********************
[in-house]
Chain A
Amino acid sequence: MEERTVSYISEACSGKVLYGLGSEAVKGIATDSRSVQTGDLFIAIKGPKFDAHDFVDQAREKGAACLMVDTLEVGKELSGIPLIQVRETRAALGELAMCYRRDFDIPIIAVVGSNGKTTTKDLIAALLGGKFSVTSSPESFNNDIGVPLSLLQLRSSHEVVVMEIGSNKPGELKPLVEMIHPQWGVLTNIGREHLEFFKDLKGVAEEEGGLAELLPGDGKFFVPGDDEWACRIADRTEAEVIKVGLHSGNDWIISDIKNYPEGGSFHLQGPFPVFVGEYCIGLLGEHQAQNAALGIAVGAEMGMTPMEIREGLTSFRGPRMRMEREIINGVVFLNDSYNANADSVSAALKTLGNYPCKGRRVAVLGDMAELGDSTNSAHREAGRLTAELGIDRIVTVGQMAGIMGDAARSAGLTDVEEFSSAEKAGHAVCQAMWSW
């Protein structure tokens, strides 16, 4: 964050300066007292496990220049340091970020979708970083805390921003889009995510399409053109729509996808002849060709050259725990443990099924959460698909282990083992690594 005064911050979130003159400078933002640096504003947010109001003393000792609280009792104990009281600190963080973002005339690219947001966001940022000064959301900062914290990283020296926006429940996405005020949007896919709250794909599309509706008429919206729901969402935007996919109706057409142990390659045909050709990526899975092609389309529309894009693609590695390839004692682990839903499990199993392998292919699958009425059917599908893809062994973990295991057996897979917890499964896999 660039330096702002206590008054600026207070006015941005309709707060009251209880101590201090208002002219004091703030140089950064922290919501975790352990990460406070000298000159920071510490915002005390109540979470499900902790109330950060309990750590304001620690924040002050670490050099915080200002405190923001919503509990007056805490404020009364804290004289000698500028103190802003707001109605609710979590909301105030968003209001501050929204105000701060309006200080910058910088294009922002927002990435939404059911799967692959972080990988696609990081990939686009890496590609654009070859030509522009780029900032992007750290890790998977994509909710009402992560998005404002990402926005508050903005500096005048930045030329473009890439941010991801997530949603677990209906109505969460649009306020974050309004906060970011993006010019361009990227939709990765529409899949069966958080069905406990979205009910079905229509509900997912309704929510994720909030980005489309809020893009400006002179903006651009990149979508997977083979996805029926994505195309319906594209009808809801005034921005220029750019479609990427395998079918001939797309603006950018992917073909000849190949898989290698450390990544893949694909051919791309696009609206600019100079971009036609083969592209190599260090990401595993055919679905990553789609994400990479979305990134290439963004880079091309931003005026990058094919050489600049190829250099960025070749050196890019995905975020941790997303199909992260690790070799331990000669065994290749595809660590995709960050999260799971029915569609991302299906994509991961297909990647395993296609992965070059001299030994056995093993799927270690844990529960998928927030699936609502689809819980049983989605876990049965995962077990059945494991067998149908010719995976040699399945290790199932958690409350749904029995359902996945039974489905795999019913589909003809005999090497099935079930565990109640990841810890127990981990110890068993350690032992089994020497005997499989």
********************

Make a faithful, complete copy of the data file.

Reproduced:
[in-house]
Chain A
Amino acid sequence: MEERTVSYISEACSGKVLYGLGSEAVKGIATDSRSVQTGDLFIAIKGPKFDAHDFVDQAREKGAACLMVDTLEVGKELSGIPLIQVRETRAALGELAMCYRRDFDIPIIAVVGSNGKTTTKDLIAALLGGKFSVTSSPESFNNDIGVPLSLLQLRSSHEVVVMEIGSNKPGELKPLVEMIHPQWGVLTNIGREHLEFFKDLKGVAEEEGGLAELLPGDGKFFVPGDDEWACRIADRTEAEVIKVGLHSGNDWIISDIKNYPEGGSFHLQGPFPVFVGEYCIGLLGEHQAQNAALGIAVGAEMGMTPMEIREGLTSFRGPRMRMEREIINGVVFLNDSYNANADSVSAALKTLGNYPCKGRRVAVLGDMAELGDSTNSAHREAGRLTAELGIDRIVTVGQMAGIMGDAARSAGLTDVEEFSSAEKAGHAVCQAMWSW
């Protein structure tokens, strides 16, 4: 964050300066007292496990220049340091970020979708970083805390921003889009995510399409053109729509996808002849060709050259725990443990099924959460698909282990083992690594 005064911050979130003159400078933002640096504003947010109001003393000792609280009792104990009281600190963080973002005339690219947001966001940022000064959301900062914290990283020296926006429940996405005020949007896919709250794909599309509706008429919206729901969402935007996919109706057409142990390659045909050709990526899975092609389309529309894009693609590695390839004692682990839903499990199993392998292919699958009425059917599908893809062994973990295991057996897979917890499964896999 660039330096702002206590008054600026207070006015941005309709707060009251209880101590201090208002002219004091703030140089950064922290919501975790352990990460406070000298000159920071510490915002005390109540979470499900902790109330950060309990750590304001620690924040002050670490050099915080200002405190923001919503509990007056805490404020009364804290004289000698500028103190802003707001109605609710979590909301105030968003209001501050929204105000701060309006200080910058910088294009922002927002990435939404059911799967692959972080990988696609990081990939686009890496590609654009070859030509522009780029900032992007750290890790998977994509909710009402992560998005404002990402926005508050903005500096005048930045030329473009890439941010991801997530949603677990209906109505969460649009306020974050309004906060970011993006010019361009990227939709990765529409899949069966958080069905406990979205009910079905229509509900997912309704929510994720909030980005489309809020893009400006002179903006651009990149979508997977083979996805029926994505195309319906594209009808809801005034921005220029750019479609990427395998079918001939797309603006950018992917073909000849190949898989290698450390990544893949694909051919791309696009609206600019100079971009036609083969592209190599260090990401595993055919679905990553789609994400990479979305990134290439963004880079091309931003005026990058094919050489600049190829250099960025070749050196890019995905975020941790997303199909992260690790070799331990000669065994290749595809660590995709960050999260799971029915569609991302299906994509991961297909990647395993296609992965070059001299030994056995093993799927270690844990529960998928927030699936609502689809819980049983989605876990049965995962077990059945494991067998149908010719995976040699399945290790199932958690409350749904029995359902996945039974489905795999019913589909003809005999090497099935079930565990109640990841810890127990981990110890068993350690032992089994020497005997499989």